Nfld. & Labrador

No takers for extra yellowtail quota

No companies have stepped forward to take advantage of about two million pounds of yellowtail flounder made available through a controversial deal with OCI.

'We didn't get a single proposal come forward,' fisheries minister says

Fisheries Minister Derrick Dalley says no one with the appropriate resources offered to take an underutilized yellowtail flounder quota. CBC

The Government of Newfoundland and Labrador says there has been no interest from any parties wanting to access some of the two-million pounds of unused yellowtail flounder that it put up for grabs this past December.

The 3LNO quota, which belongs to Icewater Harvesting Inc. based in Arnold's Cove, was made available at the same time as the province was announcing a controversial agreement regarding yellowtail and redfish with Ocean Choice International (OCI). 

The deal between government and OCI allowed the company to bypass the province's minimum processing requirements and ship out all of its redfish and 75 per cent of its yellowtail quotas in a largely unprocessed state.

In return, the company promised to establish 110 full time jobs at its fish plant in Fortune for a period of five years.

With critics suggesting more could be done to add value to the yellowtail resource than merely shipping it out unprocessed, the province announced it would make Icewater Harvesting Inc.'s unused yellowtail quota available to anyone who wanted to access it — provided they had the appropriate suite of harvesting and processing licences and capabilities.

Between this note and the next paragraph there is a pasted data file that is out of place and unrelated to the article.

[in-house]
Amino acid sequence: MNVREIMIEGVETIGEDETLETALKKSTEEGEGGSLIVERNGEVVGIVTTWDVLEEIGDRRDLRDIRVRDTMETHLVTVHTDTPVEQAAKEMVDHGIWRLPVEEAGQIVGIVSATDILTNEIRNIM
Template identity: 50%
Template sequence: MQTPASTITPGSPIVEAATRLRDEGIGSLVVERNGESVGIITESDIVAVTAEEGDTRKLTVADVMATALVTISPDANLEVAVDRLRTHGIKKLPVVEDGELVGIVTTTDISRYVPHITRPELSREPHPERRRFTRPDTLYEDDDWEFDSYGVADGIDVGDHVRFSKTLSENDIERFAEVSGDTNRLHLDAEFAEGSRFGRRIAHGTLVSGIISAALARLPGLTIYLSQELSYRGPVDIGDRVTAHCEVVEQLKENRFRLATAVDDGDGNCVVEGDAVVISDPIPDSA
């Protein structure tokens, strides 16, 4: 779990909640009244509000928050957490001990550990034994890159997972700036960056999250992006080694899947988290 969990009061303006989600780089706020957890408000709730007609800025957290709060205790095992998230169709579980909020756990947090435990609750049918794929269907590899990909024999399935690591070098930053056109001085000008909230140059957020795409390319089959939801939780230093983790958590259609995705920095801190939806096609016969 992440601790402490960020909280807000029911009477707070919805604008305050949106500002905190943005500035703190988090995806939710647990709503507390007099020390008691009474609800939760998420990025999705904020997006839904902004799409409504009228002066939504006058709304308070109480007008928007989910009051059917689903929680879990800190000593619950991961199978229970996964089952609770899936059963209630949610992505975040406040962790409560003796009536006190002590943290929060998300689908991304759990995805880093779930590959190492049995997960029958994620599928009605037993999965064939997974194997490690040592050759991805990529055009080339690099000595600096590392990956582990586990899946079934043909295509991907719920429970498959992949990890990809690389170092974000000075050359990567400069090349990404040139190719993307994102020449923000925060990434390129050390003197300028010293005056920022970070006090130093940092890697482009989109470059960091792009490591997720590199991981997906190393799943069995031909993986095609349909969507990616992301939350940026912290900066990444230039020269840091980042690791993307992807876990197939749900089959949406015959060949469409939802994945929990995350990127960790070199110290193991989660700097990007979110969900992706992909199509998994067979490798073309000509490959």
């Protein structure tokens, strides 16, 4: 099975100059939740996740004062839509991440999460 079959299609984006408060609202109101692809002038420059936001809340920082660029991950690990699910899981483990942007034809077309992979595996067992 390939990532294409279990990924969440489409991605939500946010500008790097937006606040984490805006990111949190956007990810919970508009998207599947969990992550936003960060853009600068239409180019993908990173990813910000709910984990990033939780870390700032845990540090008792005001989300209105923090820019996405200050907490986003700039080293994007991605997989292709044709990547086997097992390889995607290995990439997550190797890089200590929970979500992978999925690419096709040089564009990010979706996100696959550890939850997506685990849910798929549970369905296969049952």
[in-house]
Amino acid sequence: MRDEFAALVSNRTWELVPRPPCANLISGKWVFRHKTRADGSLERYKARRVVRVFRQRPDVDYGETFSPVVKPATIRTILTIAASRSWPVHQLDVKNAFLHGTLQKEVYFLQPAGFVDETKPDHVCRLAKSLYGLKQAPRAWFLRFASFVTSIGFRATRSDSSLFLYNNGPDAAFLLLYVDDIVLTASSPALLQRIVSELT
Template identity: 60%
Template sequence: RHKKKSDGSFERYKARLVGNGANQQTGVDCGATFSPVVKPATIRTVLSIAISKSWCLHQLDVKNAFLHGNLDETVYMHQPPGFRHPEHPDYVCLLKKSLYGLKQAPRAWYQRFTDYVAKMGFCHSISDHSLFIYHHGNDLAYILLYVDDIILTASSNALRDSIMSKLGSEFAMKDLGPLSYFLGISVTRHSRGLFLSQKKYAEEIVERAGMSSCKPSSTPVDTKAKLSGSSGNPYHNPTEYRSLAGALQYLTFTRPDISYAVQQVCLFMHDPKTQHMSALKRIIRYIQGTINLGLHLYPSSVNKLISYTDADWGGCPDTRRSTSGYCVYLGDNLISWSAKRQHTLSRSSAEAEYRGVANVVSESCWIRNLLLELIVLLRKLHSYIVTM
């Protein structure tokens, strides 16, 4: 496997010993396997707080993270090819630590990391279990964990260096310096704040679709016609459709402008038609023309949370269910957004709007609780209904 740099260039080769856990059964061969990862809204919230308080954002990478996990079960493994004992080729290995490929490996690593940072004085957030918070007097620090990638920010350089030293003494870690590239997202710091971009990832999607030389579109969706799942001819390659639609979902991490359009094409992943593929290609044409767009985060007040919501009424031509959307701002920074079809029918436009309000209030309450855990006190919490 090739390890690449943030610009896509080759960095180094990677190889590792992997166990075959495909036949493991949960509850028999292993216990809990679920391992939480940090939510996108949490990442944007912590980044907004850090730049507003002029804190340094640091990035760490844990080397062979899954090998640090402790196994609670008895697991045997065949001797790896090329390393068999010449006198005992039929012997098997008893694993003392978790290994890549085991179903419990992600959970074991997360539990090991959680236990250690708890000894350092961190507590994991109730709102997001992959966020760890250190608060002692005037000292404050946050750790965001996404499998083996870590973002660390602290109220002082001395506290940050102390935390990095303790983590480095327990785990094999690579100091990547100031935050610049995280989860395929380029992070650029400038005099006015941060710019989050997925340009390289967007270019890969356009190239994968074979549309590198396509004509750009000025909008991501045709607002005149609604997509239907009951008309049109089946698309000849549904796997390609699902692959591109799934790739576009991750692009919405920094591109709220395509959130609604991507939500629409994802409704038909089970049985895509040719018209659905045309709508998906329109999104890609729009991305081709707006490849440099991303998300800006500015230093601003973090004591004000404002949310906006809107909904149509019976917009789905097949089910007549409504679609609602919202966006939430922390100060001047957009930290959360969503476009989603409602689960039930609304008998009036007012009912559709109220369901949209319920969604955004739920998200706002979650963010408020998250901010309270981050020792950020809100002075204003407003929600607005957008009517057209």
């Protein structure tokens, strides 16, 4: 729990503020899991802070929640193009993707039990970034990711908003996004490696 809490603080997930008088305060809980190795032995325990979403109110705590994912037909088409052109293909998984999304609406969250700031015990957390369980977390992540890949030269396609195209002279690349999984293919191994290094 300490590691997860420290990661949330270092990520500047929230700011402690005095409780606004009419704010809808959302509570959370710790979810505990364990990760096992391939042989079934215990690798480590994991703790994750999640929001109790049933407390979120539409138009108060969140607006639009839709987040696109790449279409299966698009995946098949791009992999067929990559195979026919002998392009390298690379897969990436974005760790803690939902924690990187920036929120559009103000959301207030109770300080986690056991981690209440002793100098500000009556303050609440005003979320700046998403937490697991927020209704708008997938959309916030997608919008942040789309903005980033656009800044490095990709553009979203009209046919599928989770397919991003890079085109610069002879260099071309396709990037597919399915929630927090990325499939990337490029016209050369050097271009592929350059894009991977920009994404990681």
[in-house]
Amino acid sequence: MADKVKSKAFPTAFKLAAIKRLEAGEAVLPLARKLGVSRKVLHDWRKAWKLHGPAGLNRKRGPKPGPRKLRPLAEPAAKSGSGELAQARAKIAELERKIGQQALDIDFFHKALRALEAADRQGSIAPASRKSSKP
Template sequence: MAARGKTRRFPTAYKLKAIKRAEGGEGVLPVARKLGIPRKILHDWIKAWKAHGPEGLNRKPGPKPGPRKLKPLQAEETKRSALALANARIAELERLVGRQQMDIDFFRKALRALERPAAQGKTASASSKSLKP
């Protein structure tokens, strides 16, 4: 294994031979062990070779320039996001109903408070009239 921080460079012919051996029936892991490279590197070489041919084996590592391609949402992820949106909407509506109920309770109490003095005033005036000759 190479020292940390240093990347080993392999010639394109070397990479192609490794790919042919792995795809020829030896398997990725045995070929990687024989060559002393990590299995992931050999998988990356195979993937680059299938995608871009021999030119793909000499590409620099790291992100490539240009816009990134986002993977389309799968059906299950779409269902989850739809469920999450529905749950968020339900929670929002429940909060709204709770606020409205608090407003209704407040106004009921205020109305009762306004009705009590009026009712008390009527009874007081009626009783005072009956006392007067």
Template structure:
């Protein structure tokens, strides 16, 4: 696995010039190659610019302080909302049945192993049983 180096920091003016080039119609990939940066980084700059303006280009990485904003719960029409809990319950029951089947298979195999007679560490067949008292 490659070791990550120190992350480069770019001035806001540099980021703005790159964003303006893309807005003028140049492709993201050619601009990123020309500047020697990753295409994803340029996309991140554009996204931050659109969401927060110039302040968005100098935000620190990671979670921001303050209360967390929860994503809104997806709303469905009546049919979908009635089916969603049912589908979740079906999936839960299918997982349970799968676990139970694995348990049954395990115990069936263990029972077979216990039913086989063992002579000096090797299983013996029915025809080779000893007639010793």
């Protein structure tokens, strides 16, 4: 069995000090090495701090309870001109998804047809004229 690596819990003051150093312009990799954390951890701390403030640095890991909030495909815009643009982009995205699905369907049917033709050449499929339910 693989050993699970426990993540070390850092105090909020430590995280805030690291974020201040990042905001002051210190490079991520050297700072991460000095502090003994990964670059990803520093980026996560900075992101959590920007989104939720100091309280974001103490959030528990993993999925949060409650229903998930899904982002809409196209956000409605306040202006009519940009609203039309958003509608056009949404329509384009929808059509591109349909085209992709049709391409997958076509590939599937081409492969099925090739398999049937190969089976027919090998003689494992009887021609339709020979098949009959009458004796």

At the time, the government said that there were a "number of harvesters and processing enterprises" who had expressed a "willingness to explore technical and economical feasibility of processing yellowtail flounder with smaller, more economically viable vessels than traditionally used in this fishery."

But Fisheries and Aquaculture Minister Derrick Dalley told CBC's Fisheries Broadcast on there have been no takers.

"We had a significant quota that we put out there, looking for proposals from different proponents in the province, and we didn't get a single proposal come forward," Dalley told the Broadcast.

"So I think [that] validates the comments and the research, not only by OCI but certainly by our own government in trying to ensure we can work the best deal possible."

'Only part of the equation'

Dalley said there were a "couple of inquiries" from parties that wanted to fish the resource, although he added, "that was only part of the equation."

He also dismissed suggestions that very few potential proponents — if any at all — could have met all the criteria necessary to access the extra quota. 

"The reality was that the rules that were built around this proposal were very similar to the rules under which OCI would've had to operate in order (for) harvesting, processing and marketing," he said.

"It wouldn't have been fair to allow a company or anyone to come forward and take the yellowtail resource and fish it, and not have to do what was expected of OCI. So we kept it balanced and fair and similar to what OCI had to do."

As for the two million pounds of quota that had been made available, the Department of Fisheries and Aquaculture says it remains under lease to Icewater.